Most F&I folks subscribe to the “300 percent rule”: Offer 100 percent of the products to 100 percent of the dealership’s customers 100 percent of the time.
But a recent conversation with a friend makes me think the rule doesn’t apply to 100 percent of cases.
My friend just bought a new sedan. He shopped a few dealerships and was well-researched on prices. He knew what he wanted to pay and he got a satisfactory deal. He financed it through the dealership after shopping other lenders for a low rate, which the dealership beat.
When I asked whether he had bought any F&I products, such as a tire-and-wheel policy or an extended service contract, he quickly said no.
He explained that his vehicle purchase hung on an agreement with the dealership that its employees would not even present an F&I product to him. If they did, the vehicle sale would be off. The sales manager agreed to the caveat, and my friend just initialed off on the product presentation.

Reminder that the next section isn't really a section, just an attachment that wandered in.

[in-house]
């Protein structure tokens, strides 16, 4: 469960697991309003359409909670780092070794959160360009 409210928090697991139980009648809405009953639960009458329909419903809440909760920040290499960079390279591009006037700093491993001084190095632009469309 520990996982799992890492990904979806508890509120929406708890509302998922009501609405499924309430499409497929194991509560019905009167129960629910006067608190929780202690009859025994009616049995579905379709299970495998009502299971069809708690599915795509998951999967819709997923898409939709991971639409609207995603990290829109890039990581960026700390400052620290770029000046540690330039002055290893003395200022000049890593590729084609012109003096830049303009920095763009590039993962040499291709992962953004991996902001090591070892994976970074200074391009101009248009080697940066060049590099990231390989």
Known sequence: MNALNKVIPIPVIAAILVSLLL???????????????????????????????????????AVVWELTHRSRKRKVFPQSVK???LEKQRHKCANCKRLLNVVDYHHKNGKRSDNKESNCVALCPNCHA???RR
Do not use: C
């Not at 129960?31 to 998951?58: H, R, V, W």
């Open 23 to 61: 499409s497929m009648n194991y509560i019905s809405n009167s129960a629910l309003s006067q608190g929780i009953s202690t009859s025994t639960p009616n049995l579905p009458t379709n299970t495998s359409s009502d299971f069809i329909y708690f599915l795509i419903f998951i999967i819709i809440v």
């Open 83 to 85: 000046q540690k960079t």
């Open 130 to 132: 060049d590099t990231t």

I had never heard of a customer hinging a vehicle sale on such a demand and was surprised the sales manager acquiesced.
Then, I thought about it.
While the sales manager and F&I manager likely were disappointed, it made sense at that point to agree to skip the F&I product presentation. After all, even if the dealership were to show all F&I products to all customers all of the time, maybe only half actually buy one.
Of the other 50 percent, maybe half or so are open to buying an F&I product, and the rest are like my friend: They know for sure they had zero interest in any F&I products. They are a definite no. Therefore, it’s an inefficient use of the F&I manager’s time and resources to present the F&I menu to those folks. Doing so might even lead to the loss of the vehicle sale or to a lower satisfaction score if the customers are adamant they don’t want any F&I products and grow impatient with the process.
So save your time and your best customer service skills for the 75 percent or so of customers who will either definitely want F&I products, or at least might say yes.